Title

Tobacco use and cessation in psychiatric disorders: National Institute of Mental Health report

UMMS Affiliation

Department of Psychiatry

Date

12-1-2008

Document Type

Article

Medical Subject Headings

Anxiety Disorders; Comorbidity; Depression; Humans; Mental Disorders; Mentally Ill Persons; National Institute of Mental Health (U.S.); Prevalence; Primary Prevention; Risk Factors; Schizophrenia; Self Efficacy; Smoking; Smoking Cessation; Social Environment; Tobacco Use Disorder; United States

Disciplines

Health Services Research | Mental and Social Health | Psychiatric and Mental Health | Psychiatry | Psychiatry and Psychology

Abstract

The National Institute of Mental Health (NIMH) convened a meeting in September 2005 to review tobacco use and dependence and smoking cessation among those with mental disorders, especially individuals with anxiety disorders, depression, or schizophrenia. Smoking rates are exceptionally high among these individuals and contribute to the high rates of medical morbidity and mortality in these individuals. Numerous biological, psychological, and social factors may explain these high smoking rates, including the lack of smoking cessation treatment in mental health settings. Historically, "self-medication" and "individual rights" have been concerns used to rationalize allowing ongoing tobacco use and limited smoking cessation efforts in many mental health treatment settings. Although research has shown that tobacco use can reduce or ameliorate certain psychiatric symptoms, overreliance on the self-medication hypothesis to explain the high rates of tobacco use in psychiatric populations may result in inadequate attention to other potential explanations for this addictive behavior among those with mental disorders. A more complete understanding of nicotine and tobacco use in psychiatric patients also can lead to new psychiatric treatments and a better understanding of mental illness. Greater collaboration between mental health researchers and nicotine and tobacco researchers is needed to better understand and develop new treatments for cooccurring nicotine dependence and mental illness. Despite an accumulating literature for some specific psychiatric disorders and tobacco use and cessation, many unstudied research questions remain and are a focus and an emphasis of this review.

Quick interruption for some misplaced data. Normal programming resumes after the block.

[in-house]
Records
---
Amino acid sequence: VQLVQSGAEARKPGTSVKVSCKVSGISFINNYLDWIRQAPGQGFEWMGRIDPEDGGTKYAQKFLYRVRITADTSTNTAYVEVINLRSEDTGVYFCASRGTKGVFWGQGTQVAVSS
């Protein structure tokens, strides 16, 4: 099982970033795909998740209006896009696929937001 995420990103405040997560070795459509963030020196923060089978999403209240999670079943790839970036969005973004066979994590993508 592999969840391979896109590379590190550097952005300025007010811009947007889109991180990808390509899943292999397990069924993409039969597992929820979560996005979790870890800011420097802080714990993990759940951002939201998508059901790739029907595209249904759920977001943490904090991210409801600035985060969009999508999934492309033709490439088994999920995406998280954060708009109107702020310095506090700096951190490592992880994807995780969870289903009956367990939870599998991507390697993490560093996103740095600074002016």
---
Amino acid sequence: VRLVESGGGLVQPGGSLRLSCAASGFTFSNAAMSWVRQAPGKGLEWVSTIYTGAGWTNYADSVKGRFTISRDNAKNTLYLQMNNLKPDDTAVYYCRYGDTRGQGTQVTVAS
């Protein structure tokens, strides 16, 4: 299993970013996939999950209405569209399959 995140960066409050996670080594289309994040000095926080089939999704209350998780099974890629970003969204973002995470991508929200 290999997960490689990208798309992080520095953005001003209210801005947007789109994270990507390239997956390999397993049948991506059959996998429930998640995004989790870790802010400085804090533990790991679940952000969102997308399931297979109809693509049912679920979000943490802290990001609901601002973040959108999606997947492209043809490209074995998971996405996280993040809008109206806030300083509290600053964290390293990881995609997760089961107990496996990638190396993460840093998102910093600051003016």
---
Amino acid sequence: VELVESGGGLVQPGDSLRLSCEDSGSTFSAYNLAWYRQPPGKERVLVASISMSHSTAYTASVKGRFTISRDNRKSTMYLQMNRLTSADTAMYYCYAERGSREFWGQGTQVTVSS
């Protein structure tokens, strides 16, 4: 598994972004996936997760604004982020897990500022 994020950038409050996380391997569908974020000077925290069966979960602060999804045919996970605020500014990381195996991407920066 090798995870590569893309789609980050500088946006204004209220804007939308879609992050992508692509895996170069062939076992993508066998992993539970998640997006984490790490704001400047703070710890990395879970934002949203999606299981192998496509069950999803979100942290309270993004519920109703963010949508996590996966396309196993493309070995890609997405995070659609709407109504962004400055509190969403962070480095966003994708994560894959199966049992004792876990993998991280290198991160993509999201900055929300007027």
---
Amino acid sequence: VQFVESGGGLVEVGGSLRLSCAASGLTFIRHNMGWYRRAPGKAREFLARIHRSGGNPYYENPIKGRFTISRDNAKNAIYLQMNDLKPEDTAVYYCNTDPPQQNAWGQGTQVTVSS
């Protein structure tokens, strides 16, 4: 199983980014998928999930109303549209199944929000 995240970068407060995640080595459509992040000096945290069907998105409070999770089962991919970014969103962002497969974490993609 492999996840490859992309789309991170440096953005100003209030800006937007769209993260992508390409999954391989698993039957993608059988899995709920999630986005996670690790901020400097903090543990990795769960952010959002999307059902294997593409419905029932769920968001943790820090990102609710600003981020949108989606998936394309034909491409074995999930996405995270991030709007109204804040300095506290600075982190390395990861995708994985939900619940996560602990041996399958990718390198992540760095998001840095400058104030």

Rights and Permissions

Citation: Nicotine Tob Res. 2008 Dec;10(12):1691-715.

Keywords

Wellness

PubMed ID

19023823